Columbia pledges to shelter illegal immigrants from Trump
- Columbia University has caved to demands for a “sanctuary campus,” saying it will protect illegal immigrants from customs officials and work to bolster their financial aid.
- Following two student petitions, Provost John Coatsworth reassured students that Columbia would not cooperate with the incoming Trump administration.
Columbia University has caved to demands for a “sanctuary campus,” saying it will protect illegal immigrants from customs officials and work to bolster their financial aid.
“The presidential election has prompted intense concern for the values we hold dear and for members of our community who are apprehensive about what the future holds,” Provost John Coatsworth wrote in a campus-wide email.
He went on to declare that his “university will neither allow immigration officials on our campus without a warrant, nor share information on the immigration status of undocumented students with those officials unless required by subpoena or court order.”
Moreover, Coatsworth pledged to protect students who have obtained a Deferred Action for Childhood Arrivals (DACA) status from losing employment opportunities, noting that if such an outcome were to occur, his school would develop a financial aid package as compensation.
“This is a moment for us to bear in mind how important it is to protect all who study and teach in our community and to defend the institution and the values it embodies” he concluded.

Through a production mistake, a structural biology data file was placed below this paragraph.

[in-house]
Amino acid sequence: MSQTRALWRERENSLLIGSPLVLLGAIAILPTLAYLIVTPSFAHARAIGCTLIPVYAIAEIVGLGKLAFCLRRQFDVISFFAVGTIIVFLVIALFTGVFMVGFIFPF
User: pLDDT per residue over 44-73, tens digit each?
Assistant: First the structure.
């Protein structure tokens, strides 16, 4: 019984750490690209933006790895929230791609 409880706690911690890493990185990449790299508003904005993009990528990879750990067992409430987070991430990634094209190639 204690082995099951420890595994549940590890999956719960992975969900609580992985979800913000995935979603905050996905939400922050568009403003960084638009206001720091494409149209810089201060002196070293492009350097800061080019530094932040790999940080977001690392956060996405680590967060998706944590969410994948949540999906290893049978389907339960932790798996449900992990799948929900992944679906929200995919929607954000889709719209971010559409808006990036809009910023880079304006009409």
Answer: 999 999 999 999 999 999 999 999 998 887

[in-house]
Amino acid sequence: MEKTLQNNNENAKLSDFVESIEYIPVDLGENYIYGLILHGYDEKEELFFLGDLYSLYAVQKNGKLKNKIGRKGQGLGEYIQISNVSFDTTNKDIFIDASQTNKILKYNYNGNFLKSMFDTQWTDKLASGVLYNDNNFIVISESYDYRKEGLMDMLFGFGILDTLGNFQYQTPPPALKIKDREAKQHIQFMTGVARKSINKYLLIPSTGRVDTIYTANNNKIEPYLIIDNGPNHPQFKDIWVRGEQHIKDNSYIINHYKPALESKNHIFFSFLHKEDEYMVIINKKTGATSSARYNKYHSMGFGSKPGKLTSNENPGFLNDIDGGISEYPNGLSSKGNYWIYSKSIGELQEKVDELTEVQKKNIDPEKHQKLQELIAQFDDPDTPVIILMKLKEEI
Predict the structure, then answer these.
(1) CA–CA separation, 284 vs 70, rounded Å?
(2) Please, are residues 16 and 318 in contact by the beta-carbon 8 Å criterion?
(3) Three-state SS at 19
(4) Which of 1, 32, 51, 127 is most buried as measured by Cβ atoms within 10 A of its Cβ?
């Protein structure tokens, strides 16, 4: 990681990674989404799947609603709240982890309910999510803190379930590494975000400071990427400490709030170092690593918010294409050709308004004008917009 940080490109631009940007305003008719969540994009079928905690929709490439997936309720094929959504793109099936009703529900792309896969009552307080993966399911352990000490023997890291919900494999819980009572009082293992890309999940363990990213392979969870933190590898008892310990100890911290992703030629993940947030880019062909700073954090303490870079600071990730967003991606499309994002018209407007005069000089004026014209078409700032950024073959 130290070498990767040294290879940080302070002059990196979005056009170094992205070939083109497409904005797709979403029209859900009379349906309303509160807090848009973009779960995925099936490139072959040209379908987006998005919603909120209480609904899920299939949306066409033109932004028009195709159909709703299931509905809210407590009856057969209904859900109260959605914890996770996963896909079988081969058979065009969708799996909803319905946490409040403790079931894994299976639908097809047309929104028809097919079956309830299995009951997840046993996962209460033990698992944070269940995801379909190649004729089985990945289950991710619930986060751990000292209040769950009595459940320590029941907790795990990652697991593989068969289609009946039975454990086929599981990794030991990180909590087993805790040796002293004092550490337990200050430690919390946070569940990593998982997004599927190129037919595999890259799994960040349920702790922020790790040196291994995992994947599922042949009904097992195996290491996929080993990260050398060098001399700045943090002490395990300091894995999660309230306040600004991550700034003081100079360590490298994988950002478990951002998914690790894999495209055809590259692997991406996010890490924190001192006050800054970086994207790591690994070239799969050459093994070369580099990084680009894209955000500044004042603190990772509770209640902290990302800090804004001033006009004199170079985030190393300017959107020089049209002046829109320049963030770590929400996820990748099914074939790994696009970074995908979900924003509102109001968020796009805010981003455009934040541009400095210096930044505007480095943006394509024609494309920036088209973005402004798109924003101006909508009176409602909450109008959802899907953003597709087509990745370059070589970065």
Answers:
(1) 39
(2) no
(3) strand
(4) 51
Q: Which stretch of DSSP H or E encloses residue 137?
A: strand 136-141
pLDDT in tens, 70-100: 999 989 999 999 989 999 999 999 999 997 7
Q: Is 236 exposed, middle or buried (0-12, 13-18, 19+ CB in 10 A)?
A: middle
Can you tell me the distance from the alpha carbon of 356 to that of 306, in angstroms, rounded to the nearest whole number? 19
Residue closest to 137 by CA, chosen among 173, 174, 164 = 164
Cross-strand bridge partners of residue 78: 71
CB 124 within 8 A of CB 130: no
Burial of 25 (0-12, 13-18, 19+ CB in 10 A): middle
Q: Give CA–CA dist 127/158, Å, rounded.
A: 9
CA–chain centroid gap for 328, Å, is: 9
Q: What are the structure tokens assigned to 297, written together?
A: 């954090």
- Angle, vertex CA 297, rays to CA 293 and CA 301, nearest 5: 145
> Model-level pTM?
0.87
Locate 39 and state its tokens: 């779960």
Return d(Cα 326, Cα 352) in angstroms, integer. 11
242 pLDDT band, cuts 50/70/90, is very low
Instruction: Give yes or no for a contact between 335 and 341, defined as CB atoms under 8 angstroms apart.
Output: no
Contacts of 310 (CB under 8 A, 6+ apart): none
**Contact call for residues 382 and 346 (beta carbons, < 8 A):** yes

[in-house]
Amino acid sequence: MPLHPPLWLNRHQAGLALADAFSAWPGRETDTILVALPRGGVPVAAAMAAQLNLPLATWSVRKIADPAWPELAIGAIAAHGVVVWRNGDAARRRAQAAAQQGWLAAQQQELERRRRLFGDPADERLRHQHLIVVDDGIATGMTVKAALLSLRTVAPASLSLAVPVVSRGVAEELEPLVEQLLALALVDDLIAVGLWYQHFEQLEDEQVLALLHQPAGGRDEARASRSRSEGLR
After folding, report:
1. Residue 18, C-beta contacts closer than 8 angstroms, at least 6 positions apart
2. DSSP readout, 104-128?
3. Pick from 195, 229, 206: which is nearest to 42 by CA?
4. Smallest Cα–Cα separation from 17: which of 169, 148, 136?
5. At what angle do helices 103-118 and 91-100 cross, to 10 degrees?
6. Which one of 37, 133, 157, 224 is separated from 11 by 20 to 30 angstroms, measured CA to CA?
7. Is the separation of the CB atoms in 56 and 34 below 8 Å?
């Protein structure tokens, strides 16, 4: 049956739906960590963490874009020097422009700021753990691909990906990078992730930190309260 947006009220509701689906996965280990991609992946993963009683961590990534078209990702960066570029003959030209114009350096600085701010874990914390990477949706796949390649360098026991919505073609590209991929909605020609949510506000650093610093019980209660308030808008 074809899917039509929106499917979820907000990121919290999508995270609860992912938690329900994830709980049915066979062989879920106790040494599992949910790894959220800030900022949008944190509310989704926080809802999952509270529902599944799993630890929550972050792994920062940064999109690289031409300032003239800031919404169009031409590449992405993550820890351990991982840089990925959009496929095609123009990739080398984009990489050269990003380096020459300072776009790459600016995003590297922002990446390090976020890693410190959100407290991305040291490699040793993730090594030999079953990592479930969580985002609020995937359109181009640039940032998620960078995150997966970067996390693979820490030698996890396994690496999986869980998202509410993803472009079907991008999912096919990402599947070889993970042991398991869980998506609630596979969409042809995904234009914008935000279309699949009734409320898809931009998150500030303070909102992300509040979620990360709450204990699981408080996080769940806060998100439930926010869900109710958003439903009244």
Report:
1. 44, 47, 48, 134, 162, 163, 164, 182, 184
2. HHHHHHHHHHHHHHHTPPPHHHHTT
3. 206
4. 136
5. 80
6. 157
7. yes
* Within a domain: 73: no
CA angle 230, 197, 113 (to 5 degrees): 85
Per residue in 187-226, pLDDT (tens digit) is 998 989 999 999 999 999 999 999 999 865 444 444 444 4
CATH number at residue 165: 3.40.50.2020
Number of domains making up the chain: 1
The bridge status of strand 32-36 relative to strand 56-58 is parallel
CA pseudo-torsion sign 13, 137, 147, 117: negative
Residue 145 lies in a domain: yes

Coatsworth’s declaration comes on the heels of a national protest effort to convert college campuses into sanctuaries for illegal immigrants, with students on more than 100 campuses participating in walkouts to help popularize the movement.
At Columbia alone, students and faculty circulated two petitions calling on the school’s administration to do more to protect illegal immigrants attending the elite institution.
The first called upon the school to ban immigration enforcement officials from campus, while the second demanded more financial aid for illegal immigrants—both of which demands were immediately accepted by the administration.
Professor Mae Ngai, one of the authors of the second petition, told Campus Reform that when “we saw the election results, we knew immediately that they (students) were in danger,” noting that they “could face problems very soon,” since “Trump had promised to cancel DACA on day one.”
“The Provost's statement yesterday was very strong in affirming Columbia's commitment to inclusion and diversity, and to our DACA students in particular,” she added, saying, “we will continue to work with the University on the implementation.”
Indeed, one undocumented student attending Columbia, Miguel Tapia Colin, explained to Campus Reform that he was relieved with the administrative response.
“The potential revoke of DACA is very concerning,” he said, noting that while the school’s response was “a great initial first step, there could be more done.
“The response was very well worded, and I’m pretty content with that,” he continued. “Everything we’re discussing right now is out of fear, it could just happen that nothing happens at all.”
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